Center for Journalism Ethics Announces Award Finalists
Six projects that combined aggressive reporting on important issues with care for the consequences of that reporting are finalists for the 2017 Anthony Shadid Award for Journalism Ethics.
The 2017 winner will be chosen from among six outstanding examples of journalism that displayed high ethical standards in the pursuit of truth, said judging chair Jack Mitchell. The finalists are:
The Shadid Award honors journalists who, individually or as a team, exhibit a strong commitment to ethical journalism by acting with integrity, honoring ethical principles in their practice and/or resisting pressure to compromise ethical principles.
While many stress the hard work of skilled journalists who write compelling stories that serve the public interest, the Shadid Award focuses on the ethical aspects of excellent journalism – the degree to which journalists honor ethical aims and standards.
Past winners of the award include a team of Associated Press reporters whose investigative reporting resulted in the freeing of 2,000 slave laborers used by the fishing industry in Southeast Asia; and reporters and photographers at the Chicago Tribune whose revelations about serious abuses in Illinois’ juvenile justice system brought about reforms.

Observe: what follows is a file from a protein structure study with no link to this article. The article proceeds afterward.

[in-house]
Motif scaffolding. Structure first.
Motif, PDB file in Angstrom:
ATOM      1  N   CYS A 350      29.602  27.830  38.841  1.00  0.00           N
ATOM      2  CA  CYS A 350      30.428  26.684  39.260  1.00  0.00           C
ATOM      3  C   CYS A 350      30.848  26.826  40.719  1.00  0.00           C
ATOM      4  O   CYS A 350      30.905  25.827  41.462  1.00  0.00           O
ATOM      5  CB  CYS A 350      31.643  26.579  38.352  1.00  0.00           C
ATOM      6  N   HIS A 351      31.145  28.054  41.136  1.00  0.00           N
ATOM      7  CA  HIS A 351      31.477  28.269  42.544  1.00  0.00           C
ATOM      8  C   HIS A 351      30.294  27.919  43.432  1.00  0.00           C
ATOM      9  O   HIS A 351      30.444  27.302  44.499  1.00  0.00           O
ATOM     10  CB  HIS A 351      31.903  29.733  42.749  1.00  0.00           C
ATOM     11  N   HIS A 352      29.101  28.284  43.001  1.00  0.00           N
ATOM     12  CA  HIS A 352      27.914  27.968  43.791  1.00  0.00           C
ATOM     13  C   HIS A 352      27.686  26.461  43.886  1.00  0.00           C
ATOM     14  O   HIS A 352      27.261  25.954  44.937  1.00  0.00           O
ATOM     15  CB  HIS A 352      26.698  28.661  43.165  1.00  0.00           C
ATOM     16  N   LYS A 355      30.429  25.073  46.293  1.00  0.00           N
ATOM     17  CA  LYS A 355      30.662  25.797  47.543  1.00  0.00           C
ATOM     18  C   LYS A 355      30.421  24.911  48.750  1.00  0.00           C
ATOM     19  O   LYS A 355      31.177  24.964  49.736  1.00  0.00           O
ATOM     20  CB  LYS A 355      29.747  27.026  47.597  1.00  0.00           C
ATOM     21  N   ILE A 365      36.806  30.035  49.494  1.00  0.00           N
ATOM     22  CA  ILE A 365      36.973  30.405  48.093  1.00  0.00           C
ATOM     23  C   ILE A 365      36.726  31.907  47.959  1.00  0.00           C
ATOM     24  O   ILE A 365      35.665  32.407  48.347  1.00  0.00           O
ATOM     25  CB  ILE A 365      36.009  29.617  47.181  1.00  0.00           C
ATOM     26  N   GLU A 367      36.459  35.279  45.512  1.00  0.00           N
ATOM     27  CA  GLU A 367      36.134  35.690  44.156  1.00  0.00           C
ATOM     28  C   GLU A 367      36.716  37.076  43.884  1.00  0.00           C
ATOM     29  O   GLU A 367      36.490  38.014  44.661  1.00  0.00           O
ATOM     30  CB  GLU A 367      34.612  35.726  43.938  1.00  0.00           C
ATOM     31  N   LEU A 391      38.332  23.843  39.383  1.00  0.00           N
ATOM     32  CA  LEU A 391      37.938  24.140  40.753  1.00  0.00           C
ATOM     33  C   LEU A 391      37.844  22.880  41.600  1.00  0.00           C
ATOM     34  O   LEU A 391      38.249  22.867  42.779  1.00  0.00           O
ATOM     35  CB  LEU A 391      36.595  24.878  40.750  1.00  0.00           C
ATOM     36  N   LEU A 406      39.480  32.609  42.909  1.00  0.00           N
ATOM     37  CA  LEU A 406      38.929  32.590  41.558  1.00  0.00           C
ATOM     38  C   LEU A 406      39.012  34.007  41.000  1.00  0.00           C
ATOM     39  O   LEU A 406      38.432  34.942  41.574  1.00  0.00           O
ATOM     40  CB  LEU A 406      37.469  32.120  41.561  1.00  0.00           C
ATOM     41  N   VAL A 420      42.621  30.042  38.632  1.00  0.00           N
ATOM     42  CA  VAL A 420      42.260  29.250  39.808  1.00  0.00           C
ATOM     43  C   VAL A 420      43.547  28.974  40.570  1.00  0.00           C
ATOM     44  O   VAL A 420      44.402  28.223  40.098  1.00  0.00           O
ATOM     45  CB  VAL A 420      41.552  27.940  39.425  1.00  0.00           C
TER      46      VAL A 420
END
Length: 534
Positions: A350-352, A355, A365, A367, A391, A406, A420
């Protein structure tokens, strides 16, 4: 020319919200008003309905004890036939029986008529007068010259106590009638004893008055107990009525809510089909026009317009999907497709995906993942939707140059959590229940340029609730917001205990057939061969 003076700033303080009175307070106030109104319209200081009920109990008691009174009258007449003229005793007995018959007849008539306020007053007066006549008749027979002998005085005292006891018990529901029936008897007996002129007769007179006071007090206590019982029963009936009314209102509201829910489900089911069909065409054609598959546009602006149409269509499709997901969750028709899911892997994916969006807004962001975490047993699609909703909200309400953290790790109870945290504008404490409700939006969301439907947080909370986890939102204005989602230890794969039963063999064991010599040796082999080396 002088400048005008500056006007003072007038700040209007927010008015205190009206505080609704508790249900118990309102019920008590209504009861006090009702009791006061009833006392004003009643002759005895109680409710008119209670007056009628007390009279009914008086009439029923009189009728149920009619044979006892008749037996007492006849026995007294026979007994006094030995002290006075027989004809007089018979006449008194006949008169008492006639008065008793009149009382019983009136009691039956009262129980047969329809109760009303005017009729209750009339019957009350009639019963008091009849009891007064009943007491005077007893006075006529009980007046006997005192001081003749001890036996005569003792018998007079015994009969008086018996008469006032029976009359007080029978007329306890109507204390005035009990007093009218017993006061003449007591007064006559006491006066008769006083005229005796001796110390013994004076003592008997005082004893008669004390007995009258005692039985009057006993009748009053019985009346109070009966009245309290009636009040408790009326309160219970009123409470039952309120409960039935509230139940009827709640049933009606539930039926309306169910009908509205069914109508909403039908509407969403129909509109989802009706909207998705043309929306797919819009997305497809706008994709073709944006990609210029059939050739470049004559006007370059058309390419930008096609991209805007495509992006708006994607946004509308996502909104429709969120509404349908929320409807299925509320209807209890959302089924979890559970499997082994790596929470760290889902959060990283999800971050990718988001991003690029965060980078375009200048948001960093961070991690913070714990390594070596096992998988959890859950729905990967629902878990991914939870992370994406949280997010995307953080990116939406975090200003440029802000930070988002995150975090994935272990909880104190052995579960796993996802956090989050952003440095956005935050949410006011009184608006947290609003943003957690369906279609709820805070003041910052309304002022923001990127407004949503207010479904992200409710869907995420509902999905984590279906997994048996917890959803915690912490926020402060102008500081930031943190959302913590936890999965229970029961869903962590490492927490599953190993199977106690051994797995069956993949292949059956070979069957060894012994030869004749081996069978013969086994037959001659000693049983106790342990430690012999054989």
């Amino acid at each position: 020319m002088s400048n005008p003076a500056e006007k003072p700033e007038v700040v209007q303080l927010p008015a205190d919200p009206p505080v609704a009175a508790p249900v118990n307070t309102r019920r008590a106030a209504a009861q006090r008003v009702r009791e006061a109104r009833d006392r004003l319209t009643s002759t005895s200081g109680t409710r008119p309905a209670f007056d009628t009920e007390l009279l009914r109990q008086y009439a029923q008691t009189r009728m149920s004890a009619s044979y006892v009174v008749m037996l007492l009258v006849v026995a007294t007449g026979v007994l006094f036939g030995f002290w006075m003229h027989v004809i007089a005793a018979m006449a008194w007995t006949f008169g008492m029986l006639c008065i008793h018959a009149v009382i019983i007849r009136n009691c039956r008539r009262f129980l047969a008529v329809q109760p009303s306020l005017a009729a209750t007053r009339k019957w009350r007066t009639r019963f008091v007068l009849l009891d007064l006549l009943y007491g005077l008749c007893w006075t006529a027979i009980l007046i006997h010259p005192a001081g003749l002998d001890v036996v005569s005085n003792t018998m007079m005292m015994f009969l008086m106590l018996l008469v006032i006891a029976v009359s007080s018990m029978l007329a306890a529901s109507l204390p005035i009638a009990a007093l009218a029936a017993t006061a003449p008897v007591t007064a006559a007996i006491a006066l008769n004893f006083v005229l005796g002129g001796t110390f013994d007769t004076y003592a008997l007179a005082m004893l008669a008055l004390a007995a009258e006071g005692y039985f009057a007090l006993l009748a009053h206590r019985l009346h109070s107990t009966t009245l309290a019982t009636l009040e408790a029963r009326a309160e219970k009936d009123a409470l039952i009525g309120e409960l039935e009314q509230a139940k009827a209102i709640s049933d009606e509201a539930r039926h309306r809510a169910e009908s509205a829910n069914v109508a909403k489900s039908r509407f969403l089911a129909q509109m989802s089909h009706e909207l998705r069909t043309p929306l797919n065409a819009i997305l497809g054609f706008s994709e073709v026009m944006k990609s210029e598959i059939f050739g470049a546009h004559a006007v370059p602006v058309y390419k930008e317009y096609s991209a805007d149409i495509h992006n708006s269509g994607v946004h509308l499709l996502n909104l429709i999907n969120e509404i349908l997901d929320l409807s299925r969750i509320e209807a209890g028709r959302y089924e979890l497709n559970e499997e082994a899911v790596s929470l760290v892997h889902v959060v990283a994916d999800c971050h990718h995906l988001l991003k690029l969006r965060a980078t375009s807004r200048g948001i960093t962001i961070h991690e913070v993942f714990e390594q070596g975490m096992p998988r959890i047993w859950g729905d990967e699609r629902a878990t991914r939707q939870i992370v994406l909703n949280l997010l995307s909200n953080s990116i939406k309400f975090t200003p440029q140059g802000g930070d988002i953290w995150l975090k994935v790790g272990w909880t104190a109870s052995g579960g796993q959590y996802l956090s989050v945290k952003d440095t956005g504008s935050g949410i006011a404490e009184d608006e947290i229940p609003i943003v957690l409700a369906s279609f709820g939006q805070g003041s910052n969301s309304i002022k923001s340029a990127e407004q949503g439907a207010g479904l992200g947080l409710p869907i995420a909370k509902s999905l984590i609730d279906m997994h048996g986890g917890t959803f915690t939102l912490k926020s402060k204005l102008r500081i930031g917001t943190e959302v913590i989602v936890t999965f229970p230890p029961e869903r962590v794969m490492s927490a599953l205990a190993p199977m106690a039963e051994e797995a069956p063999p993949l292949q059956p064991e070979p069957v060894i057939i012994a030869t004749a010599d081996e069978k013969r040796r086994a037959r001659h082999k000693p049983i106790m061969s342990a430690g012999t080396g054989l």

To read the stories chosen as finalists and their entry nominations, visit the Center’s website at http://ethics.journalism.wisc.edu/.
The Center will announce a winner from among the finalists at its annual ethics conference March 31 in Madison and present the award at a ceremony on April 19 at the National Press Club in Washington, D.C.
ABOUT ANTHONY SHADID: The award is named for Anthony Shadid, a UW-Madison journalism alumnus and foreign reporter for the Washington Post and The New York Times. Shadid won two Pulitzer Prizes for his courageous and informed journalism. In February 2012, he died from health complications while reporting in Syria.
Shadid had a special connection to the University of Wisconsin-Madison, its School of Journalism and Mass Communication, and the Center for Journalism Ethics. He sat on the Center’s advisory board and was a strong supporter of its aim to promote public interest journalism and to stimulate discussion about journalism ethics.
ABOUT THE CENTER: The mission of the Center for Journalism Ethics is to encourage the highest standards in journalism ethics worldwide. We foster vigorous debate about ethical practices in journalism and provide a resource for producers, consumers and students of journalism. We honor the best in ethical journalistic practice and will not hesitate to call attention to journalistic failings. The Center is housed in the School of Journalism and Mass Communication at the University of Wisconsin-Madison.